Q: Where do I get the gear?
A: Locally, try Dick's Sporting Goods or most Army Surplus or large hobby shops. In the state if Michigan, you must be 18 years old to purchase an airsoft guns. We've found http://www.airsplat.com/ to be one of the best online retailers. Orders are delivered within 5 days (if you order by noon, EST). Other online retailers might have restrictions on shipping to Michigan (age verification, etc.). Check before ordering.
Q: Any recommendations on what I should get?
A: Most first timers want to start on the cheap. This starter kit from Crossman is tempting:

"Starter Kit" from Dick's sporting goods (Haggerty and 8 Mile). Includes a CO2 Pistol and Electric Automatic Rifle. These kits are identical, except the clear one is $10 less:

However, the automatics from these kits have all become "loaners" as their performance pales by comparison to offerings from airsplat.com. Many players are very happy with these electric automatics made by Well:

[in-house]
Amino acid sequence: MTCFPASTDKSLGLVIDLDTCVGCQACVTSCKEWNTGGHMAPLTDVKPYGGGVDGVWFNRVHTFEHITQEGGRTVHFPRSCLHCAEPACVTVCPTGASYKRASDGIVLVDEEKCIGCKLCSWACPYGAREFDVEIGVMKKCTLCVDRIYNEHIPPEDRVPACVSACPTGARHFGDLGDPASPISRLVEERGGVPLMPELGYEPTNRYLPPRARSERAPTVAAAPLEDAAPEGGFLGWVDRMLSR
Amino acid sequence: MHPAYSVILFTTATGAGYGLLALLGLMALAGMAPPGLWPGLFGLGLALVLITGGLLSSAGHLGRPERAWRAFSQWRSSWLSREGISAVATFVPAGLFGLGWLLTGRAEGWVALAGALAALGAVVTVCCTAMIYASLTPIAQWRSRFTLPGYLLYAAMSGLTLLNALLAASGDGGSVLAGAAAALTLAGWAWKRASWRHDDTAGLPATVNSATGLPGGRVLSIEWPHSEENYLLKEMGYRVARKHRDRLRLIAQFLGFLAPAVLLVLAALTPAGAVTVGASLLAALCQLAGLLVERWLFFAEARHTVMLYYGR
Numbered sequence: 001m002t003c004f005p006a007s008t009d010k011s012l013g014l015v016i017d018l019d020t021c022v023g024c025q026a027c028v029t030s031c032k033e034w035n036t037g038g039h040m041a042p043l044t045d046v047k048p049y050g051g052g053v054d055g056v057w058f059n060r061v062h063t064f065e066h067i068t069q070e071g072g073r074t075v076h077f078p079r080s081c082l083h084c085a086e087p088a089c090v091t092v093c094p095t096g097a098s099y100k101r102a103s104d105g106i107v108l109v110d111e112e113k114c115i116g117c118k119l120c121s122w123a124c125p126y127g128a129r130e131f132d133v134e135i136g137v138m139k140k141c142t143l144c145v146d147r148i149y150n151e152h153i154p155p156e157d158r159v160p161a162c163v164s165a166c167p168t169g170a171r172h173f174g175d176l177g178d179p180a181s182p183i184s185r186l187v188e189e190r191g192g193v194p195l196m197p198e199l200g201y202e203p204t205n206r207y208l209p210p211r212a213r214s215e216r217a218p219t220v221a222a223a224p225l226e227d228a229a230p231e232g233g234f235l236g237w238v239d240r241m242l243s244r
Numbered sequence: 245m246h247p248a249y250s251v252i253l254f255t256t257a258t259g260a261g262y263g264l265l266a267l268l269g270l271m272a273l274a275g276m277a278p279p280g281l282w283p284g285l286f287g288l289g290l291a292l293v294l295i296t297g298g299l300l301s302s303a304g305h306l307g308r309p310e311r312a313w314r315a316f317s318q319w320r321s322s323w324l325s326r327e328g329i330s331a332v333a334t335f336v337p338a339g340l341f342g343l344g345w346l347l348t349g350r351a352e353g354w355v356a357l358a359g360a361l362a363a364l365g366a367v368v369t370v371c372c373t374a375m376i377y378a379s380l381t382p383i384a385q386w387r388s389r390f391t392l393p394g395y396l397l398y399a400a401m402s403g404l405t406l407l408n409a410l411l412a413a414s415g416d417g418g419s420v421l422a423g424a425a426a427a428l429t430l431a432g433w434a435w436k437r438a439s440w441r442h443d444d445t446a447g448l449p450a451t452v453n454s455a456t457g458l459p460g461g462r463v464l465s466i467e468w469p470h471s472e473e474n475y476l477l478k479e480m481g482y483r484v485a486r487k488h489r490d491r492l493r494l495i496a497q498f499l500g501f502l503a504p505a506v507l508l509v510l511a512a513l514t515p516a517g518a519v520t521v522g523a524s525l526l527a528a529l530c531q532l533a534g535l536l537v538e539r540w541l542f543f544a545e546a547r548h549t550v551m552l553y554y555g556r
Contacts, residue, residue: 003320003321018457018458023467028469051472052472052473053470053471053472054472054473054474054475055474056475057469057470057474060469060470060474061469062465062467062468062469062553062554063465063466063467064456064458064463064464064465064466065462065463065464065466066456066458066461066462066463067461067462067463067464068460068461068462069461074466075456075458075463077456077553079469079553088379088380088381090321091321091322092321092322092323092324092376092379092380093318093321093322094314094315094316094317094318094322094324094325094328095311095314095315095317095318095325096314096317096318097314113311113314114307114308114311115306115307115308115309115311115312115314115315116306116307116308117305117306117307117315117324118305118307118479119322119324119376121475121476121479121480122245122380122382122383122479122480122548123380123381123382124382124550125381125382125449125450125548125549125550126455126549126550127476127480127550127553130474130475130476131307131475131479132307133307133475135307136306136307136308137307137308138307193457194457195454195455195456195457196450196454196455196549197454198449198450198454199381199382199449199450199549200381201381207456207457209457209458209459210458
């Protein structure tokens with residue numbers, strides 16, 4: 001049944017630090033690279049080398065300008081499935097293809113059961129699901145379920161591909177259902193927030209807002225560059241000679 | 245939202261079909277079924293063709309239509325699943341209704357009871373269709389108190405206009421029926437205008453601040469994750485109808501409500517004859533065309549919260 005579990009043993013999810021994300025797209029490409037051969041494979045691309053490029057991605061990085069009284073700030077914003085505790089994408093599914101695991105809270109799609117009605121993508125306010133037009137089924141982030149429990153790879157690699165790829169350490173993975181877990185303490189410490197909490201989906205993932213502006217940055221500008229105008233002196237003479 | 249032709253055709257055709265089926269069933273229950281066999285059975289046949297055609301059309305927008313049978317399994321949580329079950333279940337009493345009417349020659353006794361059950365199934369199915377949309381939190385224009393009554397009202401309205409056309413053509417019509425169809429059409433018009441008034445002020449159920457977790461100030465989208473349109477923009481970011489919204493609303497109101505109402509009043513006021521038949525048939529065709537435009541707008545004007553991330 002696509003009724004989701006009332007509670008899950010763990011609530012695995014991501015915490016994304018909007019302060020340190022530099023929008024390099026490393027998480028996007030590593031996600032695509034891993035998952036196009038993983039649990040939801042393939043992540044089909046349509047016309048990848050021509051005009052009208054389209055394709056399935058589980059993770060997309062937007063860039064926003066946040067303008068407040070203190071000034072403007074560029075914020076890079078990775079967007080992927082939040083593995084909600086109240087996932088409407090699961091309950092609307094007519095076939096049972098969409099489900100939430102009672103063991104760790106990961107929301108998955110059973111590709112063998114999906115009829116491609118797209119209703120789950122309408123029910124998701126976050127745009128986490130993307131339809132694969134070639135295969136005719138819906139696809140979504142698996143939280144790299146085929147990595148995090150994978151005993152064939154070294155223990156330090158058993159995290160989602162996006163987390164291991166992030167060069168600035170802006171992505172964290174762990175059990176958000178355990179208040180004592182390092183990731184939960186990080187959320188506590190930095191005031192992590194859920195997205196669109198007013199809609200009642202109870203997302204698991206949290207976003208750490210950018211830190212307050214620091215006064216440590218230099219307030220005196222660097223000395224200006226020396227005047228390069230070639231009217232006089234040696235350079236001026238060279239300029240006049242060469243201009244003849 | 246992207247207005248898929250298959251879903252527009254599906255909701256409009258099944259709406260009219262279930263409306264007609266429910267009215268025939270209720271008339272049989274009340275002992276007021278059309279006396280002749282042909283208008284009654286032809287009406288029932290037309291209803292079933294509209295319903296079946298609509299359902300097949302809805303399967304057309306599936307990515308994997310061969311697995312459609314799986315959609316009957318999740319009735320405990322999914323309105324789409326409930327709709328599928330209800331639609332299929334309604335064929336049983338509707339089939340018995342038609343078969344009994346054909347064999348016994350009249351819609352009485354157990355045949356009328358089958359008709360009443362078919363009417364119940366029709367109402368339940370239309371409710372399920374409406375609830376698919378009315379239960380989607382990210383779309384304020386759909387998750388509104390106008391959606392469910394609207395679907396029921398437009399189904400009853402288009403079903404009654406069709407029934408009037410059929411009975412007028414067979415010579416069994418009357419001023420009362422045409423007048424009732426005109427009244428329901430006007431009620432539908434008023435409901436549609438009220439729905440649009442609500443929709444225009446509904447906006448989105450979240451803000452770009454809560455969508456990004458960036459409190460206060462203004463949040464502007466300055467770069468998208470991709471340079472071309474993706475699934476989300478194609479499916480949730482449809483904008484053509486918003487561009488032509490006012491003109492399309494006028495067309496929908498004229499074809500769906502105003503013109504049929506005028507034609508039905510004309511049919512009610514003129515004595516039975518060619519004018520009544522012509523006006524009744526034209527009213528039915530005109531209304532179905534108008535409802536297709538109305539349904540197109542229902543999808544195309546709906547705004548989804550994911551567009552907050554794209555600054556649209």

As a player that's been on the receiving end of these rifles, I can attest to their bang-for-the-buck. They are accurate, reliable, fast, and inexpensive... about the same price as the starter kit from Dick's. Getting a spare 9.6v battery increases their firing speed (from the stock 8.4v). Increasing the speed wears out the gun sooner than stock... Since you're essentially over-clocking the hardware. You'll still get a million rounds fired... You just fire them sooner. Spare magazines are also available. Most of the hardware is upgradable and user-serviceable. Almost everyone that has this rifle broke the removable (and luckily, replaceable) stock (butt of the rifle) the first time out. Tactical stock replacements are sold by most online retailers.

I prefer the accuracy of the AK-47 by UTG. It does not have the same velocity as the M4 (Above), but is very accurate and has a solid construction. Just another option for based on experience: